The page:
Superintendent-elect Reykdal To Delay Submission of Federal Education Plan
OLYMPIA —January 10, 2017 — Washington state is delaying submission of the education plan required as part of the federal Every Student Succeeds Act (ESSA), State Superintendent-elect Chris Reykdal announced today.
The document, known as the state’s Consolidated Plan, will be submitted on September 18, 2017.
Reykdal said that he wanted more time to engage all state partners in the plan. “The Legislature begins this week,” he said, “and many members are new. I want to make sure that everyone – legislators as well as the general public – has a chance to weigh in on a plan that could guide education policy in our state for many years.”
Reykdal noted that although federal spending makes up only about 8 percent of total education funding, the Department of Education consistently writes rules that seek too much control over K-12 education, control that should rest with states.
“I was an outspoken critic of many of the Obama Administration’s education policies,” Reykdal said, “and specifically former Education Secretary Arne Duncan. I will remain skeptical of the new administration until we see demonstrated evidence that they are committed to state and local control. I hope the delay in our submission will give me that evidence.”
The Consolidated Plan addresses gaps in the education system, and works to promote equitable access and opportunity for all Washington students, particularly low-income students who may slip through the cracks.
ESSA builds on key themes of the bill it replaces, the No Child Left Behind (NCLB) Act, while allowing states more say in how to address struggling schools. While NCLB brought focus to education gaps across the nation, the bill was punitive towards schools that weren’t succeeding. ESSA allows states to dictate what measures will be taken, working to improve schools by offering professional development opportunities, teacher recruitment and retention incentives, and more.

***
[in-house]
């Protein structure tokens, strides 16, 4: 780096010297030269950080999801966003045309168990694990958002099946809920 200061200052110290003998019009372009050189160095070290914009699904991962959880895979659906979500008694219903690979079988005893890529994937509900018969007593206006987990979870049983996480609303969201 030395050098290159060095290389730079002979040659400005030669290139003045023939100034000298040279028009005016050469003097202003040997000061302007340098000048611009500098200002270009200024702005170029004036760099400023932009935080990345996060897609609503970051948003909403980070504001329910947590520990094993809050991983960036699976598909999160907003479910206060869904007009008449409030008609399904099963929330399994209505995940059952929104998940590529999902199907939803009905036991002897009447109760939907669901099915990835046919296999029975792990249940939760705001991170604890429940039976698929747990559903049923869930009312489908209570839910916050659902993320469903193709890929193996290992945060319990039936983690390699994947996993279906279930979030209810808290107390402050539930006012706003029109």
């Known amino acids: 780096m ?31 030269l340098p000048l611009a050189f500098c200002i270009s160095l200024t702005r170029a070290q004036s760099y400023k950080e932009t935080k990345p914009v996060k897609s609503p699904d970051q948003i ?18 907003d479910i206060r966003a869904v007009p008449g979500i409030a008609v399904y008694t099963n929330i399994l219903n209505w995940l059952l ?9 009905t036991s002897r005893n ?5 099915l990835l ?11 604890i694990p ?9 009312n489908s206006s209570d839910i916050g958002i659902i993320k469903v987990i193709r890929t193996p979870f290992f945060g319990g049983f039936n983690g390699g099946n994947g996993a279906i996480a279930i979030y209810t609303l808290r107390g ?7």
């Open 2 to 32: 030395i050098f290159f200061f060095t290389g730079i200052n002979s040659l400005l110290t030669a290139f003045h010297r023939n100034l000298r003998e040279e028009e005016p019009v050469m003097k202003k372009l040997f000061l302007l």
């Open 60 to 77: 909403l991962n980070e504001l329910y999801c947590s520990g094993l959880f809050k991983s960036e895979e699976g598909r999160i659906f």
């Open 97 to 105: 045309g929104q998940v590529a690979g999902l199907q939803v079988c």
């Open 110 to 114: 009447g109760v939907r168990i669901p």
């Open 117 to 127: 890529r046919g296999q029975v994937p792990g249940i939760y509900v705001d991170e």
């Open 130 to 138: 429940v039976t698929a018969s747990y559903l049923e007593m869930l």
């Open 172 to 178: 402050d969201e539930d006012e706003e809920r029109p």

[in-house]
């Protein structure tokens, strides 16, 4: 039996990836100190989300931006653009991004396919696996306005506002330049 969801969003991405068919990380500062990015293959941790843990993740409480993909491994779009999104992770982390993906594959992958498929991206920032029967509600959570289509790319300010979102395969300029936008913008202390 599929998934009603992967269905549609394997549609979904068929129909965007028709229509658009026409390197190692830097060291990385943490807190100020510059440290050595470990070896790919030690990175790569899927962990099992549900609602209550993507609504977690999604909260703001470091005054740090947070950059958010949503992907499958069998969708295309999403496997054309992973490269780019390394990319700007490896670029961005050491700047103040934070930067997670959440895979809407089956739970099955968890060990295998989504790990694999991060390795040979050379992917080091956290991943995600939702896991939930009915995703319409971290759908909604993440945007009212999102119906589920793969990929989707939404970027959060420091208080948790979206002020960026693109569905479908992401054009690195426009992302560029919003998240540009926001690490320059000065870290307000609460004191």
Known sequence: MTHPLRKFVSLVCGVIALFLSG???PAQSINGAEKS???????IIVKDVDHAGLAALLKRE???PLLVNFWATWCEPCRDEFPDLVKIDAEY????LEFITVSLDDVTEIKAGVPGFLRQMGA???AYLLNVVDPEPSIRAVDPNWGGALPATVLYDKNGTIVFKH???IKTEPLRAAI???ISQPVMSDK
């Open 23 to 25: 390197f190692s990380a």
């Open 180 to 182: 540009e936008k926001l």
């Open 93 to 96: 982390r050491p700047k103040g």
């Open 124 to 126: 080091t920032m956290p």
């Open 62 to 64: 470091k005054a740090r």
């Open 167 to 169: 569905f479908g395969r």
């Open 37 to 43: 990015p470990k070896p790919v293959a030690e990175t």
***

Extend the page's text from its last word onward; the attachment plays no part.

The Office of Superintendent of Public Instruction (OSPI) is the primary agency charged with overseeing K–12 education in Washington state. Led by State School Superintendent Chris Reykdal, OSPI works with the state’s 295 school districts and nine educational service districts to administer basic education programs and implement education reform on behalf of more than one million public school students.
OSPI provides equal access to all programs and services without discrimination based on sex, race, creed, religion, color, national origin, age, honorably discharged veteran or military status, sexual orientation, gender expression or identity, the presence of any sensory, mental, or physical disability, or the use of a trained dog guide or service animal by a person with a disability. Questions and complaints of alleged discrimination should be directed to the Equity and Civil Rights Director at (360) 725-6162 or P.O. Box 47200, Olympia, WA 98504-7200.
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The OSPI Communications Office serves as the central point of contact for local, regional and national media covering K-12 education issues.